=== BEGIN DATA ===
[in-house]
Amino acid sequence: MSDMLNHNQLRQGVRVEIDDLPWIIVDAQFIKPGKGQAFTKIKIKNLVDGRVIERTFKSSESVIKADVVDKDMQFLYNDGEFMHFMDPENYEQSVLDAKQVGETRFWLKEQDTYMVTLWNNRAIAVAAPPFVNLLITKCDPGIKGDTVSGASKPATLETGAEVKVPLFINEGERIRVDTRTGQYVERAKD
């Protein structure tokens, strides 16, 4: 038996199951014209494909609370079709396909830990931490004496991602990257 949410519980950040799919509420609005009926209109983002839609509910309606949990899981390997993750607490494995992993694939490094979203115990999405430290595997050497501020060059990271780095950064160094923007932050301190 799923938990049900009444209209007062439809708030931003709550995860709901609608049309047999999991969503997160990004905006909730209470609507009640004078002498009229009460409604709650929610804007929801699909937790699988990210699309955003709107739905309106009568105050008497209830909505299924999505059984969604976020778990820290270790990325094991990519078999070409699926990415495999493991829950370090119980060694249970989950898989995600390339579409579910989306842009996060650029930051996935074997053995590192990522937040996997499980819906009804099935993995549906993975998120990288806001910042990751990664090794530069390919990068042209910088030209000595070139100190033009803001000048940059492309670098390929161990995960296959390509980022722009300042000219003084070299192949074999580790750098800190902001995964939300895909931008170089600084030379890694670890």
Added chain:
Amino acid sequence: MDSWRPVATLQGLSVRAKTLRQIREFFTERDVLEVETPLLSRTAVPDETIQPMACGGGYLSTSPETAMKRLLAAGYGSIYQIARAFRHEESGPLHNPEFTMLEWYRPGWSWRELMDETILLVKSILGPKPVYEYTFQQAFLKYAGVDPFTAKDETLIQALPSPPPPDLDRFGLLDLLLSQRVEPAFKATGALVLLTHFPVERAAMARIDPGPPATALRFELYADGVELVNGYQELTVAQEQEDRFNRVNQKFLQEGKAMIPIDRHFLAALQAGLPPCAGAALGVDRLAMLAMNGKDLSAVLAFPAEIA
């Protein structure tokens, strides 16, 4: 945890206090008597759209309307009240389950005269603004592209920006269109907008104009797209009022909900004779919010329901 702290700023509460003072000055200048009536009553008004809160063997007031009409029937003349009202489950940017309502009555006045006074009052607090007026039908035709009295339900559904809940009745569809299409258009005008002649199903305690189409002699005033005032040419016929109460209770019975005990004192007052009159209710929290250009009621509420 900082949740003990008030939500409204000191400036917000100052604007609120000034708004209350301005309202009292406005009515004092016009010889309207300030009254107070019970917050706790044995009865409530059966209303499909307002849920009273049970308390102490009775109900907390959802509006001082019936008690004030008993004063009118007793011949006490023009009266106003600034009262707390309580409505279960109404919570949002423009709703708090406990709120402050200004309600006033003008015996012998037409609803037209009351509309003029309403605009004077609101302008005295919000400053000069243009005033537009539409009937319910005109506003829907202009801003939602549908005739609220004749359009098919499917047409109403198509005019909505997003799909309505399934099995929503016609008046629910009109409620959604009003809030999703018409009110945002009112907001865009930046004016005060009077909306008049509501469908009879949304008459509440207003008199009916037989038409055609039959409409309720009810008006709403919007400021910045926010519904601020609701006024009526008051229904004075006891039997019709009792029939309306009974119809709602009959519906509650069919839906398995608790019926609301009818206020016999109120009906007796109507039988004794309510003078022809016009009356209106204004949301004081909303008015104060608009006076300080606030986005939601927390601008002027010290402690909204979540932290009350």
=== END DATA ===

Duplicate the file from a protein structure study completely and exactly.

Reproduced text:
[in-house]
Amino acid sequence: MSDMLNHNQLRQGVRVEIDDLPWIIVDAQFIKPGKGQAFTKIKIKNLVDGRVIERTFKSSESVIKADVVDKDMQFLYNDGEFMHFMDPENYEQSVLDAKQVGETRFWLKEQDTYMVTLWNNRAIAVAAPPFVNLLITKCDPGIKGDTVSGASKPATLETGAEVKVPLFINEGERIRVDTRTGQYVERAKD
């Protein structure tokens, strides 16, 4: 038996199951014209494909609370079709396909830990931490004496991602990257 949410519980950040799919509420609005009926209109983002839609509910309606949990899981390997993750607490494995992993694939490094979203115990999405430290595997050497501020060059990271780095950064160094923007932050301190 799923938990049900009444209209007062439809708030931003709550995860709901609608049309047999999991969503997160990004905006909730209470609507009640004078002498009229009460409604709650929610804007929801699909937790699988990210699309955003709107739905309106009568105050008497209830909505299924999505059984969604976020778990820290270790990325094991990519078999070409699926990415495999493991829950370090119980060694249970989950898989995600390339579409579910989306842009996060650029930051996935074997053995590192990522937040996997499980819906009804099935993995549906993975998120990288806001910042990751990664090794530069390919990068042209910088030209000595070139100190033009803001000048940059492309670098390929161990995960296959390509980022722009300042000219003084070299192949074999580790750098800190902001995964939300895909931008170089600084030379890694670890």
Added chain:
Amino acid sequence: MDSWRPVATLQGLSVRAKTLRQIREFFTERDVLEVETPLLSRTAVPDETIQPMACGGGYLSTSPETAMKRLLAAGYGSIYQIARAFRHEESGPLHNPEFTMLEWYRPGWSWRELMDETILLVKSILGPKPVYEYTFQQAFLKYAGVDPFTAKDETLIQALPSPPPPDLDRFGLLDLLLSQRVEPAFKATGALVLLTHFPVERAAMARIDPGPPATALRFELYADGVELVNGYQELTVAQEQEDRFNRVNQKFLQEGKAMIPIDRHFLAALQAGLPPCAGAALGVDRLAMLAMNGKDLSAVLAFPAEIA
């Protein structure tokens, strides 16, 4: 945890206090008597759209309307009240389950005269603004592209920006269109907008104009797209009022909900004779919010329901 702290700023509460003072000055200048009536009553008004809160063997007031009409029937003349009202489950940017309502009555006045006074009052607090007026039908035709009295339900559904809940009745569809299409258009005008002649199903305690189409002699005033005032040419016929109460209770019975005990004192007052009159209710929290250009009621509420 900082949740003990008030939500409204000191400036917000100052604007609120000034708004209350301005309202009292406005009515004092016009010889309207300030009254107070019970917050706790044995009865409530059966209303499909307002849920009273049970308390102490009775109900907390959802509006001082019936008690004030008993004063009118007793011949006490023009009266106003600034009262707390309580409505279960109404919570949002423009709703708090406990709120402050200004309600006033003008015996012998037409609803037209009351509309003029309403605009004077609101302008005295919000400053000069243009005033537009539409009937319910005109506003829907202009801003939602549908005739609220004749359009098919499917047409109403198509005019909505997003799909309505399934099995929503016609008046629910009109409620959604009003809030999703018409009110945002009112907001865009930046004016005060009077909306008049509501469908009879949304008459509440207003008199009916037989038409055609039959409409309720009810008006709403919007400021910045926010519904601020609701006024009526008051229904004075006891039997019709009792029939309306009974119809709602009959519906509650069919839906398995608790019926609301009818206020016999109120009906007796109507039988004794309510003078022809016009009356209106204004949301004081909303008015104060608009006076300080606030986005939601927390601008002027010290402690909204979540932290009350």